Add topsoil over grass or regrade entirely?

deebs43(5)December 5, 2007

We have a 1/2 acre lot with sad grass. The turf is dented, vole-holed, and uneven. Early in the spring I want to start calling lawn places to have it fixed, but I want to think about my options first.

Complicating any lawn work is a very old, non-functioning sprinkler system attached to an unused well.

So, I'm wondering about the feasibility of each option: 1) rake topsoil over the lawn, filling in the dents and low spots, and overseeding; 2) dig out the old sprinkler system, fill in those trenches, and then do option 1; or 3) dig out, fully regrade, and reseed or sod the whole mess.

Cost is a factor. But I'm also interested in pros/cons. What do you think?

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dchall_san_antonio(8 San Antonio)

Please keep in mind that anything you do in the spring that involves new grass seed will give you a yard full of crabgrass all summer. The reason is that crabgrass seed needs exactly the same conditions that you would give new grass seed (bare soil, sunlight, and continual water). You can minimize crabgrass by growing your grass up as high as the mower will let it grow and by minimizing your watering once any new grass is established. Then next fall, once the summer heat breaks, reseed again to fill in where the crabgrass tried to take over. Fall is the best time to reseed because you don't get the ugly weeds and you can establish a nice dense turf. So even if you get a lot of crabgrass, don't worry. It can be fixed without Herculean effort.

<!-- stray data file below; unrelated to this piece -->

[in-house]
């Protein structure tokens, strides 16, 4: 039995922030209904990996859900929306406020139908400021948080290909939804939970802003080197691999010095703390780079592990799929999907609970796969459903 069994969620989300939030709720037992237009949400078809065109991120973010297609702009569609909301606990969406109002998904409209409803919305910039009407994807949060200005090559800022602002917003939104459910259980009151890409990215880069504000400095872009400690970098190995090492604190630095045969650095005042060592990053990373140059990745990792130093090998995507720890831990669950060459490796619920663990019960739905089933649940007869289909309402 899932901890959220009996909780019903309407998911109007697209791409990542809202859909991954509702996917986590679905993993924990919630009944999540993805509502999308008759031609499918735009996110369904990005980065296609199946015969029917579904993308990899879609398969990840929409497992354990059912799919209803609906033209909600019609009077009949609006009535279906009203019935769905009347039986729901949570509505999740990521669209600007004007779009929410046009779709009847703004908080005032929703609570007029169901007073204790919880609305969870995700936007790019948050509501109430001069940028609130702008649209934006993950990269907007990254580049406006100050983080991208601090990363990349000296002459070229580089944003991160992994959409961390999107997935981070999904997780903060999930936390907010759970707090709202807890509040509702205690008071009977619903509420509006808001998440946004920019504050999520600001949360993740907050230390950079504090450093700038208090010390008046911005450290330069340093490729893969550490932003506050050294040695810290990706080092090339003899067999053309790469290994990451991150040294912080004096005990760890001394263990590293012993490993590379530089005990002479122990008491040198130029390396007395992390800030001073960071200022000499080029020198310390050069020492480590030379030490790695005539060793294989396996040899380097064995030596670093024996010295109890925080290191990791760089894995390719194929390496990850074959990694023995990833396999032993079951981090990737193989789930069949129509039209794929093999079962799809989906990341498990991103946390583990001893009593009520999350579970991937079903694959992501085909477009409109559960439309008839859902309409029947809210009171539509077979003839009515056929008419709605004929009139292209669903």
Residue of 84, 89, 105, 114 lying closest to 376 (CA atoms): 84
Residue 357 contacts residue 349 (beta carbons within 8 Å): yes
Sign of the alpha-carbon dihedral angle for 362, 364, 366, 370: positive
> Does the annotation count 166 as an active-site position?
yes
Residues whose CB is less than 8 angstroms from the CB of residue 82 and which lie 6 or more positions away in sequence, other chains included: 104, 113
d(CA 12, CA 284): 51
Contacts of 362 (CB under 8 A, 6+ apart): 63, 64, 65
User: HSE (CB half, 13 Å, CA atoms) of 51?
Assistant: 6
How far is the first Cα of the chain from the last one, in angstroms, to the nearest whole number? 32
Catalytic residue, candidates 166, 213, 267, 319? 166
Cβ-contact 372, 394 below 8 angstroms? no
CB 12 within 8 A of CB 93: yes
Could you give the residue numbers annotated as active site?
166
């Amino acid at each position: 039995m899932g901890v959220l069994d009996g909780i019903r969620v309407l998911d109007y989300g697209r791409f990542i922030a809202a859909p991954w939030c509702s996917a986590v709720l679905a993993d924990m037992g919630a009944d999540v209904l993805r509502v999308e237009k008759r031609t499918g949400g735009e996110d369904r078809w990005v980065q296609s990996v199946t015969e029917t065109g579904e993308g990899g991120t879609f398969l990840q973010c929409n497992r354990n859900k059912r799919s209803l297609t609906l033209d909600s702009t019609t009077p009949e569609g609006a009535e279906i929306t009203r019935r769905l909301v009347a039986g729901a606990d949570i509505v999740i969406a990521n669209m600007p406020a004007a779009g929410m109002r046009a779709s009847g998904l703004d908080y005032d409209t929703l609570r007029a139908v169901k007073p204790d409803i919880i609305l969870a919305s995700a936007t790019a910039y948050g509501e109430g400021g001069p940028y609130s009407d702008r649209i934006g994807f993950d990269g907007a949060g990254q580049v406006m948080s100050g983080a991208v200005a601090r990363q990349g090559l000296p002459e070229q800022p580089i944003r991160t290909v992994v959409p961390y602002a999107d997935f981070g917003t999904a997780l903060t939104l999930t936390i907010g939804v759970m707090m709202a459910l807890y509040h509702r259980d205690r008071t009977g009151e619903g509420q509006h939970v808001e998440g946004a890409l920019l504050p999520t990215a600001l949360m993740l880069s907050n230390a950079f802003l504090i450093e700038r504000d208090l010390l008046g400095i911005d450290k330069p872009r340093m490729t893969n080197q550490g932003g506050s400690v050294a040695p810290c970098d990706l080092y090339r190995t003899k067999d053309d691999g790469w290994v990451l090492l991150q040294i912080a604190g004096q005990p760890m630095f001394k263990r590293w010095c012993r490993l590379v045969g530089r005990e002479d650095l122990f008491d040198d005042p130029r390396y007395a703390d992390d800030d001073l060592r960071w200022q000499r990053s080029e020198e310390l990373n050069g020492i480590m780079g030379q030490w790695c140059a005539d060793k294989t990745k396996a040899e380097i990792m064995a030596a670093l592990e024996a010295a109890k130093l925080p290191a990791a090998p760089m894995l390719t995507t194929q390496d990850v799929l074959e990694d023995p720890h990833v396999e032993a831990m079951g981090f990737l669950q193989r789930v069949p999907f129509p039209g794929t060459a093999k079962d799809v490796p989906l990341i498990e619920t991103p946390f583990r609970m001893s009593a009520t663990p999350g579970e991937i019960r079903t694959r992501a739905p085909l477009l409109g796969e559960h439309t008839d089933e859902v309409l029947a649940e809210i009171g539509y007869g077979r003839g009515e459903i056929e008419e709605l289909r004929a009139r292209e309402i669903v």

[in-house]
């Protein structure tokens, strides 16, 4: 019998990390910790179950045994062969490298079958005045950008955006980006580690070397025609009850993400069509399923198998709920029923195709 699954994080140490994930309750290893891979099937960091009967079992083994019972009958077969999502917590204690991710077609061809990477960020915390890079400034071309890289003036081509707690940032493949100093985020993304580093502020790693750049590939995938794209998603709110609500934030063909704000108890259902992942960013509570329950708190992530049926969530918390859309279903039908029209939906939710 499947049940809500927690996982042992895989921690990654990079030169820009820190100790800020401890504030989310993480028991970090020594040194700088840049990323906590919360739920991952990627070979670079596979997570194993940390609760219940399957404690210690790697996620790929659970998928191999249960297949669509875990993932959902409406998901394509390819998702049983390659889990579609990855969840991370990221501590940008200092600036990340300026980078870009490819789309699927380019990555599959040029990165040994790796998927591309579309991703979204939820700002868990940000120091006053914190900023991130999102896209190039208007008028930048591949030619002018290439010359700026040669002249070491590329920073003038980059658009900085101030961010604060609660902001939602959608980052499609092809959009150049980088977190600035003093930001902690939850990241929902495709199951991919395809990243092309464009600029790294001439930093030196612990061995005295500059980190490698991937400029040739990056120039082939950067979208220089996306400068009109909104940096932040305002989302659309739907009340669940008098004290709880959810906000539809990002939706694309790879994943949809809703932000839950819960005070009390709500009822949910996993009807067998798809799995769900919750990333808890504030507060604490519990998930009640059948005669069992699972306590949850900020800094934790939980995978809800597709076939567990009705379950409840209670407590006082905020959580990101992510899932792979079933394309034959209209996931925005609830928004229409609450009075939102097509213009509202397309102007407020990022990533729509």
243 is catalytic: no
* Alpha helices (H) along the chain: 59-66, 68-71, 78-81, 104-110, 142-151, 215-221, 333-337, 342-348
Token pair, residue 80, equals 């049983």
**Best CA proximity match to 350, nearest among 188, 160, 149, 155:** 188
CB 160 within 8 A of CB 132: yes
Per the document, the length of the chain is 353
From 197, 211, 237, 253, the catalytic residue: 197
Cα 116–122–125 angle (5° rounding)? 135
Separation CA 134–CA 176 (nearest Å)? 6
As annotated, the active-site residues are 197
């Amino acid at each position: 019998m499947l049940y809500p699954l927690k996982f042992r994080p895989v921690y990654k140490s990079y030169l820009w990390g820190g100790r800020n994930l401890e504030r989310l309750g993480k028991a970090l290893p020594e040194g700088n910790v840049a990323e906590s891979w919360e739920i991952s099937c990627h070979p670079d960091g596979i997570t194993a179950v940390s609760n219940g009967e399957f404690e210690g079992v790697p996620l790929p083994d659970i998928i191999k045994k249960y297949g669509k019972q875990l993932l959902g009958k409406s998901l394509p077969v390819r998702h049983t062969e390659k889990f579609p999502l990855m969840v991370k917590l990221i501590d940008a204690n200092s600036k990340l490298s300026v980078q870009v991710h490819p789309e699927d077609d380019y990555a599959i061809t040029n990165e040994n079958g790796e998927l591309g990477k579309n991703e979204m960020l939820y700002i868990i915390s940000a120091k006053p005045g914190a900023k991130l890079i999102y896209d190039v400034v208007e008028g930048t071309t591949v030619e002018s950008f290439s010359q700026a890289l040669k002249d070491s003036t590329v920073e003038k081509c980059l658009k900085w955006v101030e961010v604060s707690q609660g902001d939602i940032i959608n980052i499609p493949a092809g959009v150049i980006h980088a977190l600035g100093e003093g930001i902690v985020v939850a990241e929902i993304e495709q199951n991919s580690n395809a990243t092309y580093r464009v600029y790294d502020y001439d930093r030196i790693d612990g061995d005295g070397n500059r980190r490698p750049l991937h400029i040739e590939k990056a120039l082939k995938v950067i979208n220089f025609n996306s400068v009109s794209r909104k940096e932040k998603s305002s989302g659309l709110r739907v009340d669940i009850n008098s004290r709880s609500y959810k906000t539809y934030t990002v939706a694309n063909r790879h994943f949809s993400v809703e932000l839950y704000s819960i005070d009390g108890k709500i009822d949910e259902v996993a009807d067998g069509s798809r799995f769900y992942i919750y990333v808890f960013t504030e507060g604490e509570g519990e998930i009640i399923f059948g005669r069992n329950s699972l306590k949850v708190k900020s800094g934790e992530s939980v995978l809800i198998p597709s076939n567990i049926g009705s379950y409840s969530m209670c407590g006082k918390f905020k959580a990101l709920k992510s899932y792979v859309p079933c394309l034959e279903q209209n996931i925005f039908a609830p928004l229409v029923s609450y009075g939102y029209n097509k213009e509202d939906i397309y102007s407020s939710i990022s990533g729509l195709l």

If you decide to dig out the sprinklers, just do it with the same tractor as you will hire to regrade. It should be a tractor, not a skid steer or a bobcat. The attachment he will use is a box blade with rippers.

If you decide to just fill, then you can do that yourself. Keep a bucket of sand or topsoil with you when you mow. Use a broom to sweep the dirt or sand down into the turf so the grass is not covered. You can easily smother your grass with too much. Again, tall grass helps.

If you are worried about your soil, you might look into an organic program. All the reasons not to try organics are pretty much gone. It is about the same cost as synthetic fertilizers, does not smell bad, and will not kill your grass. Furthermore you don't have to live with weeds, and even if you want to use a weed killer, you can minimize damage to the soil by spraying each weed rather than dumping dry chemicals on the soil.

    Bookmark   December 6, 2007 at 12:36AM
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